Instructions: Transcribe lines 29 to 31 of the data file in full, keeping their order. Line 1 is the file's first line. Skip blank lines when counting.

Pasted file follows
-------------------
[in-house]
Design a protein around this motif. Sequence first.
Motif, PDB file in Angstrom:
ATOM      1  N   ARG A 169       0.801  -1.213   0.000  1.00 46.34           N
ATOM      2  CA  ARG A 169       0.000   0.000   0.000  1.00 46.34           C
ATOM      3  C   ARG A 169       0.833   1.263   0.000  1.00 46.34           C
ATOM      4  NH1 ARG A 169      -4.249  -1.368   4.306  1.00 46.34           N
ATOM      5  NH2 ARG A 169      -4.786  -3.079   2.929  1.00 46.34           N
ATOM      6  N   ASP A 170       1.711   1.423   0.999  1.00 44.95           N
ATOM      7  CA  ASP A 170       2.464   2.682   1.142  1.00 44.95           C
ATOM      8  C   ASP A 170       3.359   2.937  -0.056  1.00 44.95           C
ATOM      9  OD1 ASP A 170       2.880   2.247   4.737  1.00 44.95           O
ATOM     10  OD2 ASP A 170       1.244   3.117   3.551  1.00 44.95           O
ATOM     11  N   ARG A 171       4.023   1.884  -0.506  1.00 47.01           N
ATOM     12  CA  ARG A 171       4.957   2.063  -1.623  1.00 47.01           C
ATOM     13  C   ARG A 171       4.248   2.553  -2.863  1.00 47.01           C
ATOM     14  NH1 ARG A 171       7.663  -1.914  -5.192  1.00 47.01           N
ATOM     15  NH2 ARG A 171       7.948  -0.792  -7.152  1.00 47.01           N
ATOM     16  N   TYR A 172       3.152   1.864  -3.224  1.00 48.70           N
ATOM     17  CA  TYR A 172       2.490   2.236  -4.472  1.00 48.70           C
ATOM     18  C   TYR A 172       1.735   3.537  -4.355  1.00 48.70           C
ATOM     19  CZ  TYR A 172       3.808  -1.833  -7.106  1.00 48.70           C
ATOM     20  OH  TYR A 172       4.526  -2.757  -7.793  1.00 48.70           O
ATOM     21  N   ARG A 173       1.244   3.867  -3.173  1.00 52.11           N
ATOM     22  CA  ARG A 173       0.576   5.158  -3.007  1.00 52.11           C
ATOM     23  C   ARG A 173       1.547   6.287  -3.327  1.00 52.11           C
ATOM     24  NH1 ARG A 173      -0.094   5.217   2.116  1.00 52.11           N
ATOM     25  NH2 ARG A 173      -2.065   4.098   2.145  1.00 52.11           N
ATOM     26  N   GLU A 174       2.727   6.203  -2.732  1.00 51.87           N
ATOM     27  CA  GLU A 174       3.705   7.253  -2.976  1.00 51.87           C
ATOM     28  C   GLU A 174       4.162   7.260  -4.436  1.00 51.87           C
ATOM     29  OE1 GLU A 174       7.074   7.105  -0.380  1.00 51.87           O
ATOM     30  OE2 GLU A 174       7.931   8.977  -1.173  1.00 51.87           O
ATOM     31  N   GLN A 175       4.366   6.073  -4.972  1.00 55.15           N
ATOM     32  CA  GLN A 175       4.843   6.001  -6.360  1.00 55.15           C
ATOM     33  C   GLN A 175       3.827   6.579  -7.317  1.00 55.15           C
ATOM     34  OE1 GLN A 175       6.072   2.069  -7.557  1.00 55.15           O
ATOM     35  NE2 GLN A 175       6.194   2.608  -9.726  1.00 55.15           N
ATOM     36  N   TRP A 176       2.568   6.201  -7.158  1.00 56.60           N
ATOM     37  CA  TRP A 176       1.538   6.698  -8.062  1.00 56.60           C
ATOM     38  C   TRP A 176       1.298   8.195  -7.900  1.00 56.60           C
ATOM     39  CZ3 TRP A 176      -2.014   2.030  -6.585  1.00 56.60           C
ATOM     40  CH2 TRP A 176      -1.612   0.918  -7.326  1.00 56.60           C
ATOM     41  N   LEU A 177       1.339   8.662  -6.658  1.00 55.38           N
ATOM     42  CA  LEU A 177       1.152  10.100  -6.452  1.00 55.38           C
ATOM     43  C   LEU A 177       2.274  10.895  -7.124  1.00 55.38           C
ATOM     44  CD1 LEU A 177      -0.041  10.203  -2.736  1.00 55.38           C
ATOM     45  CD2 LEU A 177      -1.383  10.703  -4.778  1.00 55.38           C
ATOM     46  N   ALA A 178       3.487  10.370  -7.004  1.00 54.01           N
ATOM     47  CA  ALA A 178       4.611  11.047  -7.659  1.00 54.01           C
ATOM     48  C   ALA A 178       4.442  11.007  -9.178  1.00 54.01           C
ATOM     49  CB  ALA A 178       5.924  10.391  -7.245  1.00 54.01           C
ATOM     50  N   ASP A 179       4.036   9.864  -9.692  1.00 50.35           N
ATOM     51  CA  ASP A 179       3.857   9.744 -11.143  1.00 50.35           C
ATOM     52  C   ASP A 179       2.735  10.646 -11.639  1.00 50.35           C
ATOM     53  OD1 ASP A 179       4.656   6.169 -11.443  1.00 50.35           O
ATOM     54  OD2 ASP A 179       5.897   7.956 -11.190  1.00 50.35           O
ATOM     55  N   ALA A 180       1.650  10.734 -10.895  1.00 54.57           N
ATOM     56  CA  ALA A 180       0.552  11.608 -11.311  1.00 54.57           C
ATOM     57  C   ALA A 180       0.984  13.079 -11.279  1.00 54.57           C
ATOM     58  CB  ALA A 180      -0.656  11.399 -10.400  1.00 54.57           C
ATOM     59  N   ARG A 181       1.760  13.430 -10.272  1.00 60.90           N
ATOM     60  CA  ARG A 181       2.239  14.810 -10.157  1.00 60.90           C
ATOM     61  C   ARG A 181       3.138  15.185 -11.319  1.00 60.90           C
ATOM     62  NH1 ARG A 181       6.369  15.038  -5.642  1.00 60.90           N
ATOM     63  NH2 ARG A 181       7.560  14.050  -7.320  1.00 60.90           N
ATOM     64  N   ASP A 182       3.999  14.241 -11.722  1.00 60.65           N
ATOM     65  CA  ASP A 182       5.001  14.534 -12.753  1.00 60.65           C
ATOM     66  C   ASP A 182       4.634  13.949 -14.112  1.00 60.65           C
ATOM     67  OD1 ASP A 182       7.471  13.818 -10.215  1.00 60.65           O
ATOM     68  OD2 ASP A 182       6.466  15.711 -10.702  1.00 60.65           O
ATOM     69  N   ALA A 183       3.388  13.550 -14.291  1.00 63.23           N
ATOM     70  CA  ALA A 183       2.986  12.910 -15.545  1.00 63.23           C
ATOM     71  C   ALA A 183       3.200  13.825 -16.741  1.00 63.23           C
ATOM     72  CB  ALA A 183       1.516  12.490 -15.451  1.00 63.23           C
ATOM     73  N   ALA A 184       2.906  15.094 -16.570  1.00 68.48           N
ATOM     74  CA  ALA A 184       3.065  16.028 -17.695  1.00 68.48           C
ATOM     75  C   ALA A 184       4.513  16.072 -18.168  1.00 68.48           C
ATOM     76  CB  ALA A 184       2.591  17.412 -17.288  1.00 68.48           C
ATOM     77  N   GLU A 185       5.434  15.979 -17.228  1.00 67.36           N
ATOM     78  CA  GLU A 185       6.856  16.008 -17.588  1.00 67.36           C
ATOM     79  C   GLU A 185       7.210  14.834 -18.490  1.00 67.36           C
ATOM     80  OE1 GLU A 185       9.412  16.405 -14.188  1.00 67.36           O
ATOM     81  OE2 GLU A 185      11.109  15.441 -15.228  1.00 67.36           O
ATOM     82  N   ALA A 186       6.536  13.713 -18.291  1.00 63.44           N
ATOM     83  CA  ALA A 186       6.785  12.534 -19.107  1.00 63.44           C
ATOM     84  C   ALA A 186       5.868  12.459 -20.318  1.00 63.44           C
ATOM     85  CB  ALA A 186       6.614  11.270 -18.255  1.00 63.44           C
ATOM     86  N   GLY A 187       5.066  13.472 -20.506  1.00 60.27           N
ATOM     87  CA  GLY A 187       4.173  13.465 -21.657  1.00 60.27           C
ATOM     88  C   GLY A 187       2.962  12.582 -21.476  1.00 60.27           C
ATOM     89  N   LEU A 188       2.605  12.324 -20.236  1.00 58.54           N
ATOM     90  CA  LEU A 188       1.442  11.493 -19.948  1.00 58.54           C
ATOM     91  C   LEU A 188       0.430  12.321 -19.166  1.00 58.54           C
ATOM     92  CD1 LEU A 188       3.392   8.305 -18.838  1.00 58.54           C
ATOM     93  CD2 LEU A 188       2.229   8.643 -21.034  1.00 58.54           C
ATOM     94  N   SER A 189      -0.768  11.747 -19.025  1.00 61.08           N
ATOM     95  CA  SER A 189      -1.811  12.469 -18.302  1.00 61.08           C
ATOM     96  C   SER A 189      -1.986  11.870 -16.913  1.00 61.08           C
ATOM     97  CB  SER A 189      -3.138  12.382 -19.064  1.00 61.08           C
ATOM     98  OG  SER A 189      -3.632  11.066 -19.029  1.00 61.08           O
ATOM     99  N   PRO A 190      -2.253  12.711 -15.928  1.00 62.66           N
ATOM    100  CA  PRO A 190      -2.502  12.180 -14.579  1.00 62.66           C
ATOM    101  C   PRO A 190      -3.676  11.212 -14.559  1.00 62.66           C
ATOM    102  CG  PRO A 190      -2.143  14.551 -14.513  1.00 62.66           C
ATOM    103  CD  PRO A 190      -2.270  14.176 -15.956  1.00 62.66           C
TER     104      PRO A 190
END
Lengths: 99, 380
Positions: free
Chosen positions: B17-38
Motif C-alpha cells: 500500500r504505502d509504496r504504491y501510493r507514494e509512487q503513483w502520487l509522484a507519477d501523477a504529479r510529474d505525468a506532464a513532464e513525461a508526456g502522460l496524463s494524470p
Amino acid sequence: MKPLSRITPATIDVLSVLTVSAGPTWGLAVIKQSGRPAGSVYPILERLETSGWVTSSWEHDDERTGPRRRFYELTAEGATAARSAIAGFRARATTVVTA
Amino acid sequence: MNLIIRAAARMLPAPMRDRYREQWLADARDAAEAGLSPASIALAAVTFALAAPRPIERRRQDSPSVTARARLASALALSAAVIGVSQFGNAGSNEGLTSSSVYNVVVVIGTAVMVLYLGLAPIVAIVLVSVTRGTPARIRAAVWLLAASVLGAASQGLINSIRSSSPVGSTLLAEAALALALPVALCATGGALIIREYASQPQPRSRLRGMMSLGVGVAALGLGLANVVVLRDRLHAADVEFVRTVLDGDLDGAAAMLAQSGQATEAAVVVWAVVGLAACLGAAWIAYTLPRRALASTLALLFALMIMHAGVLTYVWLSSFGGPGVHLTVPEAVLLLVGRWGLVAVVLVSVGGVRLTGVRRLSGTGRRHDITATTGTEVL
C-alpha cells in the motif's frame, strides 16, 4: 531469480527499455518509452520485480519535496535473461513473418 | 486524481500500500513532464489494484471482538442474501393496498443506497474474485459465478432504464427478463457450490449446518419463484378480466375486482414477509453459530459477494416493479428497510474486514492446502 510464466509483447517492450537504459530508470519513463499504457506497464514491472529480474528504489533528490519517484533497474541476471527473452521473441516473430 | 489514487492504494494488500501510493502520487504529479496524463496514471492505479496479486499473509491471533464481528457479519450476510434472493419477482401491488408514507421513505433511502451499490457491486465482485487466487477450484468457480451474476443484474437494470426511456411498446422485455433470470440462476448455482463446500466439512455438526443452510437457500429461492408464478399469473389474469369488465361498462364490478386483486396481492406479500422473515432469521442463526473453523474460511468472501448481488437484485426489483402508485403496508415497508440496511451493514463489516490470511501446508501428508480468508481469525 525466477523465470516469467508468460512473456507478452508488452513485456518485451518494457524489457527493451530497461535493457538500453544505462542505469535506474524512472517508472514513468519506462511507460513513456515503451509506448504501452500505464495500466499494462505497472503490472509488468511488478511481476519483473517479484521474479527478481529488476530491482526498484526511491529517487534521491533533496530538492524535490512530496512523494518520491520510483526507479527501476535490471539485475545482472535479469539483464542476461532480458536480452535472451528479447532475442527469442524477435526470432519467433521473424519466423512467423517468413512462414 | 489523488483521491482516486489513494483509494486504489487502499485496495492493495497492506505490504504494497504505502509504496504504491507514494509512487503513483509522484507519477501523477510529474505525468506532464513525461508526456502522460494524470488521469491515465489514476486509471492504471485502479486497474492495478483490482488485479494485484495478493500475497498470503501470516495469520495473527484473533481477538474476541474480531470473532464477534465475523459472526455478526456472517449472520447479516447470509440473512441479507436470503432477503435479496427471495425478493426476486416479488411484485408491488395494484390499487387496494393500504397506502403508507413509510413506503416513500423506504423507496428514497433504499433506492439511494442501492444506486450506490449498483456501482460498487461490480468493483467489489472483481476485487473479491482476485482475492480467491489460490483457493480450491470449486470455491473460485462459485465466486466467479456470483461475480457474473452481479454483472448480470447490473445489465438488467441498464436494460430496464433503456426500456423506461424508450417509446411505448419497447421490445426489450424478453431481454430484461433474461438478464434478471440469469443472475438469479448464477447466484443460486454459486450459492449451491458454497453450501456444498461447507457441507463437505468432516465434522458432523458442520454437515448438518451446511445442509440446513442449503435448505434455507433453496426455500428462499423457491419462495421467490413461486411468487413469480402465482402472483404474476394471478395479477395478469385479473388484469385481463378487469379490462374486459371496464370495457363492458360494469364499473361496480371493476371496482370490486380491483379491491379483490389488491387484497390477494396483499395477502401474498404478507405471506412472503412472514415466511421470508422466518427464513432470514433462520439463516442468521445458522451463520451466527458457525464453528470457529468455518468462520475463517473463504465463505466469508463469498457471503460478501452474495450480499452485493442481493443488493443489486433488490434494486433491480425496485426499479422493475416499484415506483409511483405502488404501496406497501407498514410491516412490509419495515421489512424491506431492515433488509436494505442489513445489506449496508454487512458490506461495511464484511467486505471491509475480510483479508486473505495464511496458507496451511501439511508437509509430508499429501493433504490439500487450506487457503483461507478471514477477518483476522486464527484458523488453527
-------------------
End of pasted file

ATOM     26  N   GLU A 174       2.727   6.203  -2.732  1.00 51.87           N
ATOM     27  CA  GLU A 174       3.705   7.253  -2.976  1.00 51.87           C
ATOM     28  C   GLU A 174       4.162   7.260  -4.436  1.00 51.87           C